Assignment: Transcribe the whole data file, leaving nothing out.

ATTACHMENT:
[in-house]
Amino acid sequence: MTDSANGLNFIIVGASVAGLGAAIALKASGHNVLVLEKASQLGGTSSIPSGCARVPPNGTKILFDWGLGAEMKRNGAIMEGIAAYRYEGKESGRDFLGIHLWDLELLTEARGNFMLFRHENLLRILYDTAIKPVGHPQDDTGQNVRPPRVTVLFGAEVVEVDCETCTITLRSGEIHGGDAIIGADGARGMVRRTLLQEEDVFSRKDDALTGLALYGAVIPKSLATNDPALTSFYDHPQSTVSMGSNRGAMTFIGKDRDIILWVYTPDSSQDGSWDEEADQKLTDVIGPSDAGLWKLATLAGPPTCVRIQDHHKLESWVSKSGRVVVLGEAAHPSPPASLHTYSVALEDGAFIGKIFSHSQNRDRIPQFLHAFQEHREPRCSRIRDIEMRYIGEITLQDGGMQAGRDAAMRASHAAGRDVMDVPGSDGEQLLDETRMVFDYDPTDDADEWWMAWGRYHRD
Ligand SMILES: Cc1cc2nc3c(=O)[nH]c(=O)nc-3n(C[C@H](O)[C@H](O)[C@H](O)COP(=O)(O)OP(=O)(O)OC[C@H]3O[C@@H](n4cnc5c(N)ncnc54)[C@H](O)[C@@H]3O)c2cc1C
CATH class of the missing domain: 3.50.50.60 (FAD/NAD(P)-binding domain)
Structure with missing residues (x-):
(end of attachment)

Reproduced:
[in-house]
Amino acid sequence: MTDSANGLNFIIVGASVAGLGAAIALKASGHNVLVLEKASQLGGTSSIPSGCARVPPNGTKILFDWGLGAEMKRNGAIMEGIAAYRYEGKESGRDFLGIHLWDLELLTEARGNFMLFRHENLLRILYDTAIKPVGHPQDDTGQNVRPPRVTVLFGAEVVEVDCETCTITLRSGEIHGGDAIIGADGARGMVRRTLLQEEDVFSRKDDALTGLALYGAVIPKSLATNDPALTSFYDHPQSTVSMGSNRGAMTFIGKDRDIILWVYTPDSSQDGSWDEEADQKLTDVIGPSDAGLWKLATLAGPPTCVRIQDHHKLESWVSKSGRVVVLGEAAHPSPPASLHTYSVALEDGAFIGKIFSHSQNRDRIPQFLHAFQEHREPRCSRIRDIEMRYIGEITLQDGGMQAGRDAAMRASHAAGRDVMDVPGSDGEQLLDETRMVFDYDPTDDADEWWMAWGRYHRD
Ligand SMILES: Cc1cc2nc3c(=O)[nH]c(=O)nc-3n(C[C@H](O)[C@H](O)[C@H](O)COP(=O)(O)OP(=O)(O)OC[C@H]3O[C@@H](n4cnc5c(N)ncnc54)[C@H](O)[C@@H]3O)c2cc1C
CATH class of the missing domain: 3.50.50.60 (FAD/NAD(P)-binding domain)
Structure with missing residues (x-):